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Interview: Rob Myers

by Kevin Beck

   

2004 Ohio State University grad Rob Myers, 25, has ranked among the best American milers since winning the USA Indoor 1,500-meter championship in March 2004, a performance that gained him entry to that winter's World Indoor Championships in Budapest. That July, Myers, the OSU record holder in both the indoor mile (3:58.64) and the 1,000 meters (2:23.65), finished third at the Olympic Trials in the 1,500, but despite breaking out later that summer with a 3:53.78 mile in London — good for eighth in the world in 2004 — Myers failed to achieve the Olympic "A" standard and was unable to compete in Athens.

Undaunted, Myers — guided, as he is today, by his college coach, Robert Gary — enjoyed a great stretch of training after his 2004 track season, and continued amassing impressive credentials in 2005. He placed second in the 1,500 to Scott McGowan at the USA Indoor Championships in February and lowered his indoor bests to 3:40.45 in the 1,500 (Birmingham, England) and 3:58.83 in the mile (Reebok Boston Indoor Games). Outdoors, Myers notched a 3:54.87 mile at the Prefontaine Classic, then placed third in the 1,500 at the USA Outdoor Track & Field Championships in Carson, California, earning a spot on his second U.S. World team.

After Nationals, Myers still needed to secure the World Championships "A" standard of 3:36.20 in order to cement his trip to Helsinki. After several star-crossed tries, Myers bashed his way under the standard with a personal-best 3:34.89 at London's Crystal Palace on July 22. At the World Championships, Myers advanced to the second round of the 1,500 by placing seventh in his heat, but finished 10th in his semi and missed qualifying for the final.

Myers lives with his wife Christina in Chesterfield, Missouri. MensRacing.com caught up with him to discuss his past season, as well as his hopes and plans for the future.

MensRacing.com: Last fall, you mentioned three goals in the 1,500 meters for 2005: repeat as USA Indoor champ, crack the top two at outdoors, and drop into the 3:33 range. Interestingly, you wound up off by one place in each race and one second time-wise.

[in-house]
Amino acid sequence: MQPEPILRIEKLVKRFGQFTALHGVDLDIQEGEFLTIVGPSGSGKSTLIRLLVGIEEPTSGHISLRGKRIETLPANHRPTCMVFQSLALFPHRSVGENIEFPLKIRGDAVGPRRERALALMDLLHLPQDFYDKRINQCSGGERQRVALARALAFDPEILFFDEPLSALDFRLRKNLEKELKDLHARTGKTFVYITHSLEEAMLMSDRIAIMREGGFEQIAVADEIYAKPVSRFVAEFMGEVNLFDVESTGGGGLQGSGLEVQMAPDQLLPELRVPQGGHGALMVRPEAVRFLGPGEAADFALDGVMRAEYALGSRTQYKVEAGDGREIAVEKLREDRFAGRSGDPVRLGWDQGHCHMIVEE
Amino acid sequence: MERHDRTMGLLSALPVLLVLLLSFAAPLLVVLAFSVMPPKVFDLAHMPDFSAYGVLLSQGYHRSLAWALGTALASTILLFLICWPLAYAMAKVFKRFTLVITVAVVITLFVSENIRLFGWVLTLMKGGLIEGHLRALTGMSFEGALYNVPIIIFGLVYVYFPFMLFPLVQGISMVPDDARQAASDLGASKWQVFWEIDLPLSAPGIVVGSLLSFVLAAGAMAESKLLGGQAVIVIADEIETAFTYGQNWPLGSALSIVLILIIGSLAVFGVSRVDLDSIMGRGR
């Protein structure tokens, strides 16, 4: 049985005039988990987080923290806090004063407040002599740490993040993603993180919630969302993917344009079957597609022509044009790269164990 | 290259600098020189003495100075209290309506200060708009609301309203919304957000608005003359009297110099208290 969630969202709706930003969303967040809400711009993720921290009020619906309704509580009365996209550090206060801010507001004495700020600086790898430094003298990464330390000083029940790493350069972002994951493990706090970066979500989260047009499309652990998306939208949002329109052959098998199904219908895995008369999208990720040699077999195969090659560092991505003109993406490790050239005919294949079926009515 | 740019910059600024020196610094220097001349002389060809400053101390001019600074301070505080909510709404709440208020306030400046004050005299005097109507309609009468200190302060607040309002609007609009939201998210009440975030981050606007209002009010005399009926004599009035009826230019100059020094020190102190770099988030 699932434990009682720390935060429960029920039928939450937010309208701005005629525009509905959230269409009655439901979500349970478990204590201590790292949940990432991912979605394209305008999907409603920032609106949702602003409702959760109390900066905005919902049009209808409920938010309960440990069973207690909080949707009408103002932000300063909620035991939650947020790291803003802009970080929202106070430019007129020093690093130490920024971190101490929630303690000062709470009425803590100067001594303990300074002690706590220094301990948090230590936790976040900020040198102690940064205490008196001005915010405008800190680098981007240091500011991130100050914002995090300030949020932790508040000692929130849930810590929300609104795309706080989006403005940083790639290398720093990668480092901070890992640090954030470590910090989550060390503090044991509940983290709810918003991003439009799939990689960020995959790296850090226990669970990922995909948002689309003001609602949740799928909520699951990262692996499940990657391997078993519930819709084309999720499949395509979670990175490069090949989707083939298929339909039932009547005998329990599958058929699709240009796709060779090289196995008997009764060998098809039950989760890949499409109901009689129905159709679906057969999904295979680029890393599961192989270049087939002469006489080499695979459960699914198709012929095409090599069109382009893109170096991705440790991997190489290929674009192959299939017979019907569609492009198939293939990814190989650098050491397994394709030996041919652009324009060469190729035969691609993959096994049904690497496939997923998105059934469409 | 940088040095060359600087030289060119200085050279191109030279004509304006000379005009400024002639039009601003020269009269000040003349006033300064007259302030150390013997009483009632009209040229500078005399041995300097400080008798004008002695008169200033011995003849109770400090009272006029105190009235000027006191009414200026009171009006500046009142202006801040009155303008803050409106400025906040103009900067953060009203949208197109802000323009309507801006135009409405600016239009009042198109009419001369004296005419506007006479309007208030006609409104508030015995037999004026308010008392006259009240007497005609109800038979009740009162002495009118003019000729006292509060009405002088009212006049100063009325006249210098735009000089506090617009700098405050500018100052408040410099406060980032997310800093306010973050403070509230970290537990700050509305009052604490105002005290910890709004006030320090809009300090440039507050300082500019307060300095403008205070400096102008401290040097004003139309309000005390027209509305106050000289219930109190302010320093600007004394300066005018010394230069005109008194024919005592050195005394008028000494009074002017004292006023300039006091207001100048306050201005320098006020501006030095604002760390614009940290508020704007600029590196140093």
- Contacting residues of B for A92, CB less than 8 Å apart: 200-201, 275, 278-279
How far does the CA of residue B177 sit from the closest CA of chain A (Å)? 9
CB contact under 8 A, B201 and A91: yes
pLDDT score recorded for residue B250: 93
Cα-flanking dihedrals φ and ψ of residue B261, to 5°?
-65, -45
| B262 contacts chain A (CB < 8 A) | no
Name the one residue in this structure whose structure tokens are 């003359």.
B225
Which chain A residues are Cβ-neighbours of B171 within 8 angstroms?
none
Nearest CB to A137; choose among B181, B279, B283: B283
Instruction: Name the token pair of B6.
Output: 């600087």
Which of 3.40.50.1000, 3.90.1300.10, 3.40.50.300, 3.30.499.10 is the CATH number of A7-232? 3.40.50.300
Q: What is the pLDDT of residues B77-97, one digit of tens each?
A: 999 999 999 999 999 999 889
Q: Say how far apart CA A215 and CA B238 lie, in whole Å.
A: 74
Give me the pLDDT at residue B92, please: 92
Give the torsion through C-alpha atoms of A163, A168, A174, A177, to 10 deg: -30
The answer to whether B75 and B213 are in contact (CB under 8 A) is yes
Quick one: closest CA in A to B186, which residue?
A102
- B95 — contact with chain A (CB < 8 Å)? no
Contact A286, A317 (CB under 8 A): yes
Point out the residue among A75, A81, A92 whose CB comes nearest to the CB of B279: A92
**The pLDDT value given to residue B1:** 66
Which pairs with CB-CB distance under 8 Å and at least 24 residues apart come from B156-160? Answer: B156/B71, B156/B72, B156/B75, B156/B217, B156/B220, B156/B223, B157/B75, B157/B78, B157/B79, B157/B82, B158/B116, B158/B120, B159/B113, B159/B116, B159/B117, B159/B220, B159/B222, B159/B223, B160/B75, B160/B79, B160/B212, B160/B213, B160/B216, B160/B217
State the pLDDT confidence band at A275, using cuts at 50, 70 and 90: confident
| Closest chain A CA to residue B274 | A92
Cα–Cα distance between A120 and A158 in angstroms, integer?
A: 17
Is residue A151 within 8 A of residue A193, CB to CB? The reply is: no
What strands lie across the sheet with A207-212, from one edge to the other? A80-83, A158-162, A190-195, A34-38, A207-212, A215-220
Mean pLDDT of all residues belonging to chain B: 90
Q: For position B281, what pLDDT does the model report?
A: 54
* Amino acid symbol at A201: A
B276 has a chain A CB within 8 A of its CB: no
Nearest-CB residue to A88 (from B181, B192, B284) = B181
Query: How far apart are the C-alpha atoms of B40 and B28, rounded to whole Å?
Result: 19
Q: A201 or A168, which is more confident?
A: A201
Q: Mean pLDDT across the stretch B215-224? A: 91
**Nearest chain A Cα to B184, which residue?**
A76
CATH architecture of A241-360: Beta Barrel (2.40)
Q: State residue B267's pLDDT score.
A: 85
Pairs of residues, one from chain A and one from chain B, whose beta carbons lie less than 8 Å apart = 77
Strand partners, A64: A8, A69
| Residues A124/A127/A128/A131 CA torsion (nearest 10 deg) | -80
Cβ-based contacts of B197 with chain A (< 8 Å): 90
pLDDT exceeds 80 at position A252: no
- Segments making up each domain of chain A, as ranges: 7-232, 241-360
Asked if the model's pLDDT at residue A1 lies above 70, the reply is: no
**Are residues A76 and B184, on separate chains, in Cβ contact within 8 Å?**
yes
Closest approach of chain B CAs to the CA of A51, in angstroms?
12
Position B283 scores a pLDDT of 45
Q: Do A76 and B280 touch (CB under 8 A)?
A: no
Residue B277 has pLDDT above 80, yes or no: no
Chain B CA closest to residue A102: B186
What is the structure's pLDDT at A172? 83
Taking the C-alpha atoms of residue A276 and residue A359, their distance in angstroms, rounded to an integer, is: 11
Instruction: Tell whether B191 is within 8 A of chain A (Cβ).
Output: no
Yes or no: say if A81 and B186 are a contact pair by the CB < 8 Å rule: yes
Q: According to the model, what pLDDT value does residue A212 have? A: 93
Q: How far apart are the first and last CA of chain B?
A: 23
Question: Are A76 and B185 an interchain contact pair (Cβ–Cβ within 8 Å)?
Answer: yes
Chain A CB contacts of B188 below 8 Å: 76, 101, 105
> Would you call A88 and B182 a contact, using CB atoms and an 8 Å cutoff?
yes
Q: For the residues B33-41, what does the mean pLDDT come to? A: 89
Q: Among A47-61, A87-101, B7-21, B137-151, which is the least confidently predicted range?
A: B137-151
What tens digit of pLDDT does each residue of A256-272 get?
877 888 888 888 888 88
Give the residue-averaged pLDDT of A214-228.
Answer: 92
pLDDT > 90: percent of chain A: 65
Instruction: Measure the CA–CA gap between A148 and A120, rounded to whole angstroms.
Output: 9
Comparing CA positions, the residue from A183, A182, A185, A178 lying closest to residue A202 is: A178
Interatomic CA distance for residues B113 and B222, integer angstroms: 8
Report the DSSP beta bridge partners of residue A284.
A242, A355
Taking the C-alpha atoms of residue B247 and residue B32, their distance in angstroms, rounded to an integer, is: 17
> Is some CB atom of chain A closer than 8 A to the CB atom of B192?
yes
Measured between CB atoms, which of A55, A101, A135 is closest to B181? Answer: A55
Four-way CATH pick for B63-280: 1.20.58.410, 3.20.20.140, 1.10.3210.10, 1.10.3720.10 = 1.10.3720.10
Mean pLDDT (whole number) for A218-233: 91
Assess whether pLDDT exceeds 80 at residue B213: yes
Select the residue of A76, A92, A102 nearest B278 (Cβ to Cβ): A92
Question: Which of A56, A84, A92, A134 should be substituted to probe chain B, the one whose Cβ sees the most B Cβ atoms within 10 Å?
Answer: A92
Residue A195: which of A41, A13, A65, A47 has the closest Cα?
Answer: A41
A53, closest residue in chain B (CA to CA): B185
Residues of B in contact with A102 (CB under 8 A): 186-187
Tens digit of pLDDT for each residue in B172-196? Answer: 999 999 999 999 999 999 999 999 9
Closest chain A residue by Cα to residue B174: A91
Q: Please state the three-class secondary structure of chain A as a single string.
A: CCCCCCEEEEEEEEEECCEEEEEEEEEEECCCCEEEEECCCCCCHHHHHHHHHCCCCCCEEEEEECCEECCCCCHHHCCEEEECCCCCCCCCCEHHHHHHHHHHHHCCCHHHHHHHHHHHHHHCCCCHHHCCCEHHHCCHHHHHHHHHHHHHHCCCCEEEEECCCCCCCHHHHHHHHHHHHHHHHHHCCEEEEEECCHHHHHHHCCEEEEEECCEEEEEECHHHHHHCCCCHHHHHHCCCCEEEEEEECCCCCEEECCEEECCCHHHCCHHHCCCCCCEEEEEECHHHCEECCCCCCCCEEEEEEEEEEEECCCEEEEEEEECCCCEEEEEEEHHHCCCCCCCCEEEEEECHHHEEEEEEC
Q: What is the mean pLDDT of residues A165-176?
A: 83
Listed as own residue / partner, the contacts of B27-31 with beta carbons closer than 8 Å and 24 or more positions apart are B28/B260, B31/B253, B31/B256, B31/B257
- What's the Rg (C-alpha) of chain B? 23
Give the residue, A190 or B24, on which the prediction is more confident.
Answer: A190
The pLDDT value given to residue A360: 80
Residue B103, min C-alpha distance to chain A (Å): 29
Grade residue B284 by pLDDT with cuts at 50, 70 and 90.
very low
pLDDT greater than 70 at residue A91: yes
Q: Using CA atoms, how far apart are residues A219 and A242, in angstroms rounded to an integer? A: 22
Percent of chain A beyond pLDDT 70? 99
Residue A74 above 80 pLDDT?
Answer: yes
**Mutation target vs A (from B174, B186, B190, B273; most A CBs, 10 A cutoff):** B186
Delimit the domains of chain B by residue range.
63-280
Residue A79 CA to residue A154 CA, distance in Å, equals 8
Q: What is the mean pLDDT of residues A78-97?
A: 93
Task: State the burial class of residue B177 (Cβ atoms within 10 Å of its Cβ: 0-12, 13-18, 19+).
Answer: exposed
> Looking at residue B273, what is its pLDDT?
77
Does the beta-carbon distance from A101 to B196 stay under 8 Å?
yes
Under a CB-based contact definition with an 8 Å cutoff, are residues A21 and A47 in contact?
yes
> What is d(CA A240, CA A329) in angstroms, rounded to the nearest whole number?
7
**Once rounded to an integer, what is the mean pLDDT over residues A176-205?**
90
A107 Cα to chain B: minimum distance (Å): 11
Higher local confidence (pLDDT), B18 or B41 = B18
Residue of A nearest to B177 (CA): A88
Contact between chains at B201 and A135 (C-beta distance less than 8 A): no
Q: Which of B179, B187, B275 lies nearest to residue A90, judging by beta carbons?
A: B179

Rob Myers:
Yeah, I'd rate my season as good but not great. The highlights were coming fairly close to reaching those goals and having a good training year, with another step up in both mileage and intensity. But I can't say it was great because I didn't fulfill my goals, being a step behind in everything. I don't think I ran tactically smart at US Outdoors, and I don't think I set my up racing in Europe as well as I could have. And I wanted to make the finals at the World Championships, but I only made it to the second round. So those are things I'd like to improve on in addition to stepping up my training even more.

MR: What will 'stepping up' your training entail? Having worked with the same coach for so long, are you effectively on a multi-year plan?
RM:
Basically, I feel Coach Gary has been very smart with me ever since I came to Ohio State. I think he knew from the start that there was a good possibility I'd end up running beyond college, so he's been patient ever since I showed up. In my first couple of years, I had some injuries but we've tried to correct that. This year, I stepped up things aerobically, with my mileage coming up a little bit, and I was able to hit longer (80- to 90-minute) runs without breaking down, which was a problem for me in the past. I was also able to step up intensity-wise on the track.

MR: As a miler by trade, do you use those 80- to 90-minute runs mainly to get some time on your feet or do you hit them pretty hard?
RM:
I'd say I do them as progression runs. By the end I'm probably hitting sub-6:00 pace, maybe closer to 5:40. Not hard but not loafing around.

MR: So last fall and early winter, were you running the highest mileage of your life — more so, even, than before or during cross country seasons in college?
RM:
Yes. My average and my high week were both around 10 miles more than ever before. A lot of that has come with my ability to stay injury-free — by being consistent, I've gotten stronger, which in turn has allowed me to train stronger and more consistently.

MR: Getting back to the specifics of this past track season, did you hope to have the World Champs 'A' standard in place before USA Outdoors so that you could focus more on the entire race and not just the time in Carson?
RM:
This year, I actually didn't expect to have it beforehand, knowing how my training was going at the time.

MR: Since you didn't have the standard heading into nationals, were you intent on making it happen there or were you resigned to possibly chasing it Europe?
RM:
I did run 3:54 at the Prefontaine Classic, so I thought that I was fit enough at [nationals] to make it, had it developed into a fast race. But I didn't expect this to happen, and it didn't. [Myers' third-place time was 3:42.27, although he set a then-personal record of 3:38.96 in the prelims.]